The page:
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Strategies to prevent violence shared across borders

The Nordic countries have come a long way in preventing and combatting men’s violence against women and domestic violence, but the work lacks an intersectional approach. This has been established in the recent report, The Istanbul Convention: the Nordic Way. The document discusses how well different Nordic countries live up to the Istanbul Convention and highlights best practices for prevention work within the various countries.

All Nordic countries have signed the Istanbul Convention on preventing and combatting violence against women and domestic violence, and all, with the exception of Iceland, have so far ratified the convention and made it legally binding. The report The Istanbul Convention: the Nordic Way focuses on selected articles in the Convention and how well different countries address them, with a focus on data collection and research, education and awareness.

To summarise, the Nordic countries work on local, regional and national levels against violence, often in close cooperation with NGOs. However, when it comes to data collection and research into specific contexts, the authors lack a more inclusive, intersectional approach. They argue that by discussing violence beyond gender and including other power dimensions that could be as important, an even greater understanding of the problem could be reached and it would be possible to produce better-targeted efforts.

“We know, for example, that people with disabilities are particularly vulnerable in intimate relationships, and women with disabilities contest with a “double” vulnerability. More can be done to understand the issues and more efforts can be taken towards prevention,” says Mari Helenedatter Aarbakke, Senior Adviser at KUN, and one of the authors of the report.

Focus on similarities instead of differences

The authors also point to the risk of stigmatising or disparaging specific groups of victims. Honour-based violence is, for example, a hotly debated issue in several Nordic countries. Meanwhile, violence in national minority communities and among indigenous peoples does not receive the same levels of attention.

“Honour-based violence or shaming-violence as well as controlling behaviour are not necessarily limited to a few ethnic minorities in the Nordic countries and we can decide to have a more open debate about these phenomena. We need to focus on similarities instead of differences, since these are important issues in all cultures: how are women and men restricted by norms of gender and sexuality? And how do these norms promote abuse of power, violence and oppression? A discussion on honour-based violence can provide answers to many challenges revealed during the Western #metoo campaign and vice versa,” said Helenedatter Aarbakke.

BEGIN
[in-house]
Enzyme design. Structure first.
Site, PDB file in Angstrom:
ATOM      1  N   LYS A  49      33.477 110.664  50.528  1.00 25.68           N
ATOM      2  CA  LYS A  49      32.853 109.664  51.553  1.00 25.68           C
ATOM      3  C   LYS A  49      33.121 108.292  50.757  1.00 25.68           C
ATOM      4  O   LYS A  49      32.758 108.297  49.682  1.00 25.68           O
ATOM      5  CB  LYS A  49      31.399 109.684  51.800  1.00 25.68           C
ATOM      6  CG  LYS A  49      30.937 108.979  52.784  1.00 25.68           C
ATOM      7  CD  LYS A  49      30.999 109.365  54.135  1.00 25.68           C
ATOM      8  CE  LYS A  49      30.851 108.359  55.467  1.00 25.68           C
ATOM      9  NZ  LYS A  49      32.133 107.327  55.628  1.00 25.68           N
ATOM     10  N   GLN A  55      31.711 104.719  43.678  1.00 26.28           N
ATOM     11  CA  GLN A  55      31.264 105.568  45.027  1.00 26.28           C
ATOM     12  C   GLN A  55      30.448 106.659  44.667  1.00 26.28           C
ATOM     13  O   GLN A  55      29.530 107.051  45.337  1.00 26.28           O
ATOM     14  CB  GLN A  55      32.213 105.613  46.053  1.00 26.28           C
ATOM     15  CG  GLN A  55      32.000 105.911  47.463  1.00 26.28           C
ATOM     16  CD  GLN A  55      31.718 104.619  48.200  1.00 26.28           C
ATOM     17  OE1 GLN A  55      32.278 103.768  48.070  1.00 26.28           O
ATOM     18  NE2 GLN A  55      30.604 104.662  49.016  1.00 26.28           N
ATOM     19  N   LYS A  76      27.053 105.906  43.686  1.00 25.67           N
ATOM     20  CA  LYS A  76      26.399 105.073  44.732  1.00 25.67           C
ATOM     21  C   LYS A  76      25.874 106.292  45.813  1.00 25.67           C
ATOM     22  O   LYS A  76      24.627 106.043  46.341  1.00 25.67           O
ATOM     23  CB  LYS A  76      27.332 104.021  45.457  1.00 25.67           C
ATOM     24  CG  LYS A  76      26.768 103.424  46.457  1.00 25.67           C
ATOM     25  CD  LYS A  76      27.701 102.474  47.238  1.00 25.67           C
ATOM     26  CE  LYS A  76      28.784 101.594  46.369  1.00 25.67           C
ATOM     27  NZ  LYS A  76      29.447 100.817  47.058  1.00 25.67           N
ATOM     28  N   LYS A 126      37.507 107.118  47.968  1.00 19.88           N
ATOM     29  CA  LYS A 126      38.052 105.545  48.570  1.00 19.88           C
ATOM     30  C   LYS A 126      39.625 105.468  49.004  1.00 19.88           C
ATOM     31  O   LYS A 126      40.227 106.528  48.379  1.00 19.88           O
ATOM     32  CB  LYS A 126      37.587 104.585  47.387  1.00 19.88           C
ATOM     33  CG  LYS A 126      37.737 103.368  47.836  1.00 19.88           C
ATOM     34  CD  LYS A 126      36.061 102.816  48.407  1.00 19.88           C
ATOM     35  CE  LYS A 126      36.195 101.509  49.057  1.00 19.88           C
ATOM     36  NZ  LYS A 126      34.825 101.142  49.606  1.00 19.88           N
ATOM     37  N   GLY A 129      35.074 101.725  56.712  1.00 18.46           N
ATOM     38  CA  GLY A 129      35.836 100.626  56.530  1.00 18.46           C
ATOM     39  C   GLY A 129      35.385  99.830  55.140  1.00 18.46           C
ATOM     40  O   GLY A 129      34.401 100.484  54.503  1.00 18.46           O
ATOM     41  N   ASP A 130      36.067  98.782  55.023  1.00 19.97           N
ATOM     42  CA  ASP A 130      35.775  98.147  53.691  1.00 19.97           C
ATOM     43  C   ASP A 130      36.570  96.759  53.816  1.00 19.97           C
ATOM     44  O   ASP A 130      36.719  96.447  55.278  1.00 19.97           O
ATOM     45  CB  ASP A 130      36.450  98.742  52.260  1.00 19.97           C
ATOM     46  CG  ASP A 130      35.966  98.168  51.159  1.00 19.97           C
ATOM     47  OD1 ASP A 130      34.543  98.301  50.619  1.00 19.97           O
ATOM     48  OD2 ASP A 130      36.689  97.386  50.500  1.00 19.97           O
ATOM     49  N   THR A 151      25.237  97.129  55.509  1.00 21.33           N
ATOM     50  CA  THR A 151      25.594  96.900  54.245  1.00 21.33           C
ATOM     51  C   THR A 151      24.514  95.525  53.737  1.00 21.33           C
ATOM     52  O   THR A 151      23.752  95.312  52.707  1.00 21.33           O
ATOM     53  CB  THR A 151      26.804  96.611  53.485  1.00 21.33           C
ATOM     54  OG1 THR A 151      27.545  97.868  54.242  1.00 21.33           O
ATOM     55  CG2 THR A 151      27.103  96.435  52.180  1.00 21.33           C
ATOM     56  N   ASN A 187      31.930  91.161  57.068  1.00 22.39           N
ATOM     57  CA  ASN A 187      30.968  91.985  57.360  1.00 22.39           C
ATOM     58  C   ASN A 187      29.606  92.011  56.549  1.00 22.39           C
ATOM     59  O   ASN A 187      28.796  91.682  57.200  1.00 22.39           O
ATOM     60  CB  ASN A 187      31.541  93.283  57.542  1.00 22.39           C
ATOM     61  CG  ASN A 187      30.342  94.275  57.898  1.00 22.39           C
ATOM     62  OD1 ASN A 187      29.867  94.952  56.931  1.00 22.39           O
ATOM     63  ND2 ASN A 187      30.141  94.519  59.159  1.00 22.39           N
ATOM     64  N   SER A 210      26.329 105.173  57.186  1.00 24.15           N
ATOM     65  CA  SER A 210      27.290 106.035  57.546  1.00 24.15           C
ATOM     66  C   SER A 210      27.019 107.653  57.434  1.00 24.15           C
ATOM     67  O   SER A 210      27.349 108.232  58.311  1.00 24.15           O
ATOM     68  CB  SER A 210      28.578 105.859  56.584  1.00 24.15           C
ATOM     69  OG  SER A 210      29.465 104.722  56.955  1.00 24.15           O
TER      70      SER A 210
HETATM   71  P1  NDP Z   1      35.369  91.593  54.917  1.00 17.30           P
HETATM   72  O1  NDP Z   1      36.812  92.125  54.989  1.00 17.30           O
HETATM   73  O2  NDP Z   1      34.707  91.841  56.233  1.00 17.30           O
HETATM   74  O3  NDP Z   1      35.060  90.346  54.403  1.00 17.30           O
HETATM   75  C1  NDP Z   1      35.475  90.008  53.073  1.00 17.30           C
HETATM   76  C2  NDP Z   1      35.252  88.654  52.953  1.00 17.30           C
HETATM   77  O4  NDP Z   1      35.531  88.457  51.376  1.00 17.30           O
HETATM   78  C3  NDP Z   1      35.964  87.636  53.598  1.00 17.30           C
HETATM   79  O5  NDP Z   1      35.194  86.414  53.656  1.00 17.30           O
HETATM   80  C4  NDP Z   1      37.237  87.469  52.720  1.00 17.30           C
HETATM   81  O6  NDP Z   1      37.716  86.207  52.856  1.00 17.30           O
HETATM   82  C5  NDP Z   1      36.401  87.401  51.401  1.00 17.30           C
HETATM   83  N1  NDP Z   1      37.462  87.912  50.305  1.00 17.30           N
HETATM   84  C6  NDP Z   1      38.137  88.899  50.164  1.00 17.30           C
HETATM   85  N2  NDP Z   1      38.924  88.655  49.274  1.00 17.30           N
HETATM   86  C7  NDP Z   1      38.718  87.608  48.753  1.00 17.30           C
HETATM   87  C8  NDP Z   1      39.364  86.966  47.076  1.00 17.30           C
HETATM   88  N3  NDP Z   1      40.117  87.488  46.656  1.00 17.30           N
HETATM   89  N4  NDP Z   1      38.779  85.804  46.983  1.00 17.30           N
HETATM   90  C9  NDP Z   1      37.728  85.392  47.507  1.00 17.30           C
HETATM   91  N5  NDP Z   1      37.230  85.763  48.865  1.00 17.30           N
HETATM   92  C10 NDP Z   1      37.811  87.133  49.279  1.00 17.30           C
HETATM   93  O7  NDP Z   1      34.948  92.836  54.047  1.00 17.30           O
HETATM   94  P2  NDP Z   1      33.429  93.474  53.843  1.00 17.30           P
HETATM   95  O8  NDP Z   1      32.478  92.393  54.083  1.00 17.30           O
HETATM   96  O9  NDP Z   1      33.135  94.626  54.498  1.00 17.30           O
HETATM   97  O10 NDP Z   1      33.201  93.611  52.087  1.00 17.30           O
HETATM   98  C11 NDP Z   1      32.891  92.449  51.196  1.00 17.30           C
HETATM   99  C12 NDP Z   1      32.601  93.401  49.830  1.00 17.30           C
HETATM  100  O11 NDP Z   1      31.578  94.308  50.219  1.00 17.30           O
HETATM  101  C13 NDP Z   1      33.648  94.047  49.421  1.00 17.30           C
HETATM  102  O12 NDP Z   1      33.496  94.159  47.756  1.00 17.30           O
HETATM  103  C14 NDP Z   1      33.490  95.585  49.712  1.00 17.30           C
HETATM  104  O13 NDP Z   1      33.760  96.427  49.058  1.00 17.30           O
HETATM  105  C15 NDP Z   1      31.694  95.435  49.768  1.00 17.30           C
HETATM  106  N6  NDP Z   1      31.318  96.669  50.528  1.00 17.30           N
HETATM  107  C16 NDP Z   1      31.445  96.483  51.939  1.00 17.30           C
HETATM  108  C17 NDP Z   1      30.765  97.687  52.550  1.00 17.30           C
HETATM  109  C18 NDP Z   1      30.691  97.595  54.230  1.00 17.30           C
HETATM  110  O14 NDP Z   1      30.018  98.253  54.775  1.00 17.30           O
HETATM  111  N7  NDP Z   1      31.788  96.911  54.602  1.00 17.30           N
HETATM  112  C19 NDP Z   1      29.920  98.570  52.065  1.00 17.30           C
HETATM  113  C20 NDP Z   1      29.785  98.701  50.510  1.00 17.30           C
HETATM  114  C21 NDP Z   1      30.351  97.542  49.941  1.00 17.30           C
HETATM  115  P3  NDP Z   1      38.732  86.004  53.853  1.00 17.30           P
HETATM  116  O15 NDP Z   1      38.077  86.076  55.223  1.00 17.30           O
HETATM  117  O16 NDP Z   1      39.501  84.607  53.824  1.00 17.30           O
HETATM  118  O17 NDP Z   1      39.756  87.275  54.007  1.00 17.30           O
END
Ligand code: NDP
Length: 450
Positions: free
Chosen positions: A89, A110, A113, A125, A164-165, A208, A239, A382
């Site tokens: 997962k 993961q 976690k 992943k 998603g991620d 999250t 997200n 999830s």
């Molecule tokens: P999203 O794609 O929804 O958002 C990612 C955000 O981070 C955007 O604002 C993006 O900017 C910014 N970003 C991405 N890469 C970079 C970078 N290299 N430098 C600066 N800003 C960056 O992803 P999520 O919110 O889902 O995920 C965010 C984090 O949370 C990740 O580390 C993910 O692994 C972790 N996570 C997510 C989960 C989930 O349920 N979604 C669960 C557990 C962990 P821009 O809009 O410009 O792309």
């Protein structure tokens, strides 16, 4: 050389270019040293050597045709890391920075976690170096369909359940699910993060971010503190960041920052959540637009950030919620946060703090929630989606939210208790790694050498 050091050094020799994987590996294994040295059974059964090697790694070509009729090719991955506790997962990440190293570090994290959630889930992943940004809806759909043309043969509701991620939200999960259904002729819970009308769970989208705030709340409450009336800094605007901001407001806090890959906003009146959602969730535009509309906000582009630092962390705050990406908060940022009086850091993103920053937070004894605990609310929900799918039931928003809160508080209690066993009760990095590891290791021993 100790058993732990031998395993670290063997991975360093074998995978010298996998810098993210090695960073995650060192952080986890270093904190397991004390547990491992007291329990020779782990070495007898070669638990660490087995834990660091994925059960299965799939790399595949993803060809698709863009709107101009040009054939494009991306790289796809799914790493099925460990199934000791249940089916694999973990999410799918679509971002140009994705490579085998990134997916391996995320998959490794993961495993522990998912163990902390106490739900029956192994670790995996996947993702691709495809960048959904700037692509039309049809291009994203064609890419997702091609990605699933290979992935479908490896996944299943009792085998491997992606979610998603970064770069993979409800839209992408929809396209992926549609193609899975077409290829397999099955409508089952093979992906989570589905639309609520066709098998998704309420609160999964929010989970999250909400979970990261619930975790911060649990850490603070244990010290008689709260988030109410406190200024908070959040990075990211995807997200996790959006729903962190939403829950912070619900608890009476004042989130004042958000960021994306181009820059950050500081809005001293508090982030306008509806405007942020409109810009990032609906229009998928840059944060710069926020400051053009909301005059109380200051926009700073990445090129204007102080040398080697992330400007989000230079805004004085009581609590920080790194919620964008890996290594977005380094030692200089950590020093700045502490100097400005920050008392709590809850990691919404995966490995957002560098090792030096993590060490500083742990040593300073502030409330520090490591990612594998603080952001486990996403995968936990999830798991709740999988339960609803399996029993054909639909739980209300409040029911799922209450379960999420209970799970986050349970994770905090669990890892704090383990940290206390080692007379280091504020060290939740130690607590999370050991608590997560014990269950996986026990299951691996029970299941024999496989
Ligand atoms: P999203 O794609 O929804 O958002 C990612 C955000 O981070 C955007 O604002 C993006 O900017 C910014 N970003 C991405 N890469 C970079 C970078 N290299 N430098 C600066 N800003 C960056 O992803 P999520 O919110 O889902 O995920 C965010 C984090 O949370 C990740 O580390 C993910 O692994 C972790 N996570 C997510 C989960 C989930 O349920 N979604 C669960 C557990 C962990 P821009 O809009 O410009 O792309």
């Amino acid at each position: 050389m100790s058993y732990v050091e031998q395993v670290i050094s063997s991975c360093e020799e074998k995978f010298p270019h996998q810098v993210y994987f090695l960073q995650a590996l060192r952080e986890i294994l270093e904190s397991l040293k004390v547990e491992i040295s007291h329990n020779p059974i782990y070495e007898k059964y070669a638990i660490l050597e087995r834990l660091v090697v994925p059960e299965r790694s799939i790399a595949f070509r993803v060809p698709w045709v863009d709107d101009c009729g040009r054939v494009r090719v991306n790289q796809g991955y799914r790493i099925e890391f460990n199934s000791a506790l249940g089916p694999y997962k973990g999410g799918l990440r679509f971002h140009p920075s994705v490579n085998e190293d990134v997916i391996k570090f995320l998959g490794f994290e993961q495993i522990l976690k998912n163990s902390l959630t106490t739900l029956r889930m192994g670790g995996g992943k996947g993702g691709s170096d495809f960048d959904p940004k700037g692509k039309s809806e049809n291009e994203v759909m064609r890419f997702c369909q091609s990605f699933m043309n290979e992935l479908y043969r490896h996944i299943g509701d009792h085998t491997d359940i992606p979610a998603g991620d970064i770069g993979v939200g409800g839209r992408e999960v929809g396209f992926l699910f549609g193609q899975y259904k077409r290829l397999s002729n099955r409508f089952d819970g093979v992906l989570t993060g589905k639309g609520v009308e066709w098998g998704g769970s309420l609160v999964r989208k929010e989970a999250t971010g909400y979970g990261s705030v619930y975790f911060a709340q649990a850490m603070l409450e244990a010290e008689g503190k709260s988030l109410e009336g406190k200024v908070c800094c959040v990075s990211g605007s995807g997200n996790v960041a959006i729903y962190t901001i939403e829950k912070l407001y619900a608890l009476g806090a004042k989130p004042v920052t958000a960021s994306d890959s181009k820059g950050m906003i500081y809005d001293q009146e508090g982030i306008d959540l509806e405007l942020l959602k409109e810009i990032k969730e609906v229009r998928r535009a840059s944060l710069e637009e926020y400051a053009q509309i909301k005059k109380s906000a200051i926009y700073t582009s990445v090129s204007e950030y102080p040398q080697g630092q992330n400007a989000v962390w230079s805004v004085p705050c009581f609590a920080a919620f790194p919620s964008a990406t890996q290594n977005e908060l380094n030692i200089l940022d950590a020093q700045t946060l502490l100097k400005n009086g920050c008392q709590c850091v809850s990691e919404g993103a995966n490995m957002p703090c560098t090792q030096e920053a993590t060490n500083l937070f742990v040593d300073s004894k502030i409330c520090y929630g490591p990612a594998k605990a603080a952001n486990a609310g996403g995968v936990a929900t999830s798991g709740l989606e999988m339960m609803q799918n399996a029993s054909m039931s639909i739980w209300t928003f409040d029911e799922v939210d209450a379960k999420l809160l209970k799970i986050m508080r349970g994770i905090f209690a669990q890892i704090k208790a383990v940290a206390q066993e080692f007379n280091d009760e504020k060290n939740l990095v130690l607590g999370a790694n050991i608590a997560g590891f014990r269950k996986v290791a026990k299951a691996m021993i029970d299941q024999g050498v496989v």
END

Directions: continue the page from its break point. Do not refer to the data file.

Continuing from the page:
The report also highlights a number of strong examples of preventive work in the various countries. Several of the representatives from both NGO’s and the public sector also spoke at KUN’s conference in Oslo on 8 March, Preventing Violence Against Women in the Nordic Countries, when the report was presented.

The Nordic paradox

Although the Nordic countries have among the highest levels of gender equality in the world and take a zero tolerance approach to men’s violence against women as well as domestic violence, a high proportion of women there are subjected to abuse, a phenomena which is often referred to as “the Nordic paradox”.

“The largest challenge to overcoming men’s violence against women as well as domestic violence is to work with and challenge our deep-rooted stereotypes about this violence,” says Dr. Marceline Naudi, President of Grevio, Council of Europe’s expert group, which also oversees countries’ commitments in relation to the Istanbul Convention.

Historically, prevention work for domestic violence has been based on heterosexual relationships and on the assumption that women are victims and men are perpetrators. However, several Nordic countries are now working with special measures to include other relationships and sexual orientations as well as to adopt the perspective that even girls and women can be perpetrators and boys and men can be victims.

The follow-up to the Istanbul Convention is important in order to ensure a continuous effort to prevent gender-based violence.

Updated 10 December 2019